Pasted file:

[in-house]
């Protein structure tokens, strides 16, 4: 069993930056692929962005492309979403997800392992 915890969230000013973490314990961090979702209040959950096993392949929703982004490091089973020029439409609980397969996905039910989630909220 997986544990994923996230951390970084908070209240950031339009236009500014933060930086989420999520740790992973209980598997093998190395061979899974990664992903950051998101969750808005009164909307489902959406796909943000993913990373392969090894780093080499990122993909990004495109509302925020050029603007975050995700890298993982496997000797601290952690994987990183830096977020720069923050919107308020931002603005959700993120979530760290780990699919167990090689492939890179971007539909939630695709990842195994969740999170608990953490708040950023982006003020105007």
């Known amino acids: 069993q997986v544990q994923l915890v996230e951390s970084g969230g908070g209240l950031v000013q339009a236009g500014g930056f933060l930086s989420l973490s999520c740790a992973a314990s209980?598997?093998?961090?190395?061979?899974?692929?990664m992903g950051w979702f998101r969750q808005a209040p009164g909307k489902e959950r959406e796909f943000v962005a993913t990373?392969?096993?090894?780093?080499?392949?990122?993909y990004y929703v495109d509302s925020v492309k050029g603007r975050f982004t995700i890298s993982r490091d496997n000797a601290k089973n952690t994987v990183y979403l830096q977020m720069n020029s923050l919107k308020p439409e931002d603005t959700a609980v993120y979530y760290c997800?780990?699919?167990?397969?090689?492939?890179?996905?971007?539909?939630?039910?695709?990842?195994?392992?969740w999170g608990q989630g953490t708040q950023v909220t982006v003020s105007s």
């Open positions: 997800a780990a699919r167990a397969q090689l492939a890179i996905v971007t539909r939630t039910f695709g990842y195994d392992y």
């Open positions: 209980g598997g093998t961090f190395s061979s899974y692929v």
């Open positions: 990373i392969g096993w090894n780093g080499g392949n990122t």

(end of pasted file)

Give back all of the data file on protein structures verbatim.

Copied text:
[in-house]
């Protein structure tokens, strides 16, 4: 069993930056692929962005492309979403997800392992 915890969230000013973490314990961090979702209040959950096993392949929703982004490091089973020029439409609980397969996905039910989630909220 997986544990994923996230951390970084908070209240950031339009236009500014933060930086989420999520740790992973209980598997093998190395061979899974990664992903950051998101969750808005009164909307489902959406796909943000993913990373392969090894780093080499990122993909990004495109509302925020050029603007975050995700890298993982496997000797601290952690994987990183830096977020720069923050919107308020931002603005959700993120979530760290780990699919167990090689492939890179971007539909939630695709990842195994969740999170608990953490708040950023982006003020105007």
């Known amino acids: 069993q997986v544990q994923l915890v996230e951390s970084g969230g908070g209240l950031v000013q339009a236009g500014g930056f933060l930086s989420l973490s999520c740790a992973a314990s209980?598997?093998?961090?190395?061979?899974?692929?990664m992903g950051w979702f998101r969750q808005a209040p009164g909307k489902e959950r959406e796909f943000v962005a993913t990373?392969?096993?090894?780093?080499?392949?990122?993909y990004y929703v495109d509302s925020v492309k050029g603007r975050f982004t995700i890298s993982r490091d496997n000797a601290k089973n952690t994987v990183y979403l830096q977020m720069n020029s923050l919107k308020p439409e931002d603005t959700a609980v993120y979530y760290c997800?780990?699919?167990?397969?090689?492939?890179?996905?971007?539909?939630?039910?695709?990842?195994?392992?969740w999170g608990q989630g953490t708040q950023v909220t982006v003020s105007s």
């Open positions: 997800a780990a699919r167990a397969q090689l492939a890179i996905v971007t539909r939630t039910f695709g990842y195994d392992y």
């Open positions: 209980g598997g093998t961090f190395s061979s899974y692929v």
């Open positions: 990373i392969g096993w090894n780093g080499g392949n990122t």